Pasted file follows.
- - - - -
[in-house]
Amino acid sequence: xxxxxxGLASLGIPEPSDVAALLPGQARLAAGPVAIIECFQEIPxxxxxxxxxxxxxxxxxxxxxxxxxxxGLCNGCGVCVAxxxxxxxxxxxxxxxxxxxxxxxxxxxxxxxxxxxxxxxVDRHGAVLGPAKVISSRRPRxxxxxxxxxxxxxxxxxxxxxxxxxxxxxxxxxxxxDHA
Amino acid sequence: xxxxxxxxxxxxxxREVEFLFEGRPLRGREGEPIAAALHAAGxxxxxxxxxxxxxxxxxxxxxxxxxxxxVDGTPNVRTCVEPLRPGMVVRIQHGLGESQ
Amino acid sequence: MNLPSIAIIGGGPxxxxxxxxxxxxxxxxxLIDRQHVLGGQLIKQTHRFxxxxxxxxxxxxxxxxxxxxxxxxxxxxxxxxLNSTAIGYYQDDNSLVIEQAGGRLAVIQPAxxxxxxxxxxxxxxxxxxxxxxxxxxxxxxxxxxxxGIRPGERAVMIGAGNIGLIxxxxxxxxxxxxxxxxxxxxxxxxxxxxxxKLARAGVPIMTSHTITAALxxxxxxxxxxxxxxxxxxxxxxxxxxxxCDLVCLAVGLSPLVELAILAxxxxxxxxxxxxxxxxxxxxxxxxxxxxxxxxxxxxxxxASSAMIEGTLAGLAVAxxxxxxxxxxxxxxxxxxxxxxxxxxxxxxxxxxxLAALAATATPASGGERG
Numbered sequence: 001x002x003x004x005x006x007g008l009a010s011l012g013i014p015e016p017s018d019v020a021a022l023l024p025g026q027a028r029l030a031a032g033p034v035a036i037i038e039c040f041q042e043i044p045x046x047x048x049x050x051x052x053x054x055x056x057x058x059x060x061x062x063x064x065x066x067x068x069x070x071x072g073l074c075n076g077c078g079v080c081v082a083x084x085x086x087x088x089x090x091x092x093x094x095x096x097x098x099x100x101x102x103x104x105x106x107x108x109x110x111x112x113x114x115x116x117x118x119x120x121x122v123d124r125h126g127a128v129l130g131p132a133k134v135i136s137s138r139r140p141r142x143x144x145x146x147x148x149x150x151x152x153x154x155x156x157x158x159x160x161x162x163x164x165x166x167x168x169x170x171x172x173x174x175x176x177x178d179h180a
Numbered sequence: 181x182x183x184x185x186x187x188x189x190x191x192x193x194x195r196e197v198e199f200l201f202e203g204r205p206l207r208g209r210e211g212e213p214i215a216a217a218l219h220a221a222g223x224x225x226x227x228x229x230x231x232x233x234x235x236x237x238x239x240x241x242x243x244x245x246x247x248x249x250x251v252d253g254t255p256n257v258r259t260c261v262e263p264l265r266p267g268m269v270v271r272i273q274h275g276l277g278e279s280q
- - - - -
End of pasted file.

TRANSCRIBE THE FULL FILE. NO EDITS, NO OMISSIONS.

[in-house]
Amino acid sequence: xxxxxxGLASLGIPEPSDVAALLPGQARLAAGPVAIIECFQEIPxxxxxxxxxxxxxxxxxxxxxxxxxxxGLCNGCGVCVAxxxxxxxxxxxxxxxxxxxxxxxxxxxxxxxxxxxxxxxVDRHGAVLGPAKVISSRRPRxxxxxxxxxxxxxxxxxxxxxxxxxxxxxxxxxxxxDHA
Amino acid sequence: xxxxxxxxxxxxxxREVEFLFEGRPLRGREGEPIAAALHAAGxxxxxxxxxxxxxxxxxxxxxxxxxxxxVDGTPNVRTCVEPLRPGMVVRIQHGLGESQ
Amino acid sequence: MNLPSIAIIGGGPxxxxxxxxxxxxxxxxxLIDRQHVLGGQLIKQTHRFxxxxxxxxxxxxxxxxxxxxxxxxxxxxxxxxLNSTAIGYYQDDNSLVIEQAGGRLAVIQPAxxxxxxxxxxxxxxxxxxxxxxxxxxxxxxxxxxxxGIRPGERAVMIGAGNIGLIxxxxxxxxxxxxxxxxxxxxxxxxxxxxxxKLARAGVPIMTSHTITAALxxxxxxxxxxxxxxxxxxxxxxxxxxxxCDLVCLAVGLSPLVELAILAxxxxxxxxxxxxxxxxxxxxxxxxxxxxxxxxxxxxxxxASSAMIEGTLAGLAVAxxxxxxxxxxxxxxxxxxxxxxxxxxxxxxxxxxxLAALAATATPASGGERG
Numbered sequence: 001x002x003x004x005x006x007g008l009a010s011l012g013i014p015e016p017s018d019v020a021a022l023l024p025g026q027a028r029l030a031a032g033p034v035a036i037i038e039c040f041q042e043i044p045x046x047x048x049x050x051x052x053x054x055x056x057x058x059x060x061x062x063x064x065x066x067x068x069x070x071x072g073l074c075n076g077c078g079v080c081v082a083x084x085x086x087x088x089x090x091x092x093x094x095x096x097x098x099x100x101x102x103x104x105x106x107x108x109x110x111x112x113x114x115x116x117x118x119x120x121x122v123d124r125h126g127a128v129l130g131p132a133k134v135i136s137s138r139r140p141r142x143x144x145x146x147x148x149x150x151x152x153x154x155x156x157x158x159x160x161x162x163x164x165x166x167x168x169x170x171x172x173x174x175x176x177x178d179h180a
Numbered sequence: 181x182x183x184x185x186x187x188x189x190x191x192x193x194x195r196e197v198e199f200l201f202e203g204r205p206l207r208g209r210e211g212e213p214i215a216a217a218l219h220a221a222g223x224x225x226x227x228x229x230x231x232x233x234x235x236x237x238x239x240x241x242x243x244x245x246x247x248x249x250x251v252d253g254t255p256n257v258r259t260c261v262e263p264l265r266p267g268m269v270v271r272i273q274h275g276l277g278e279s280q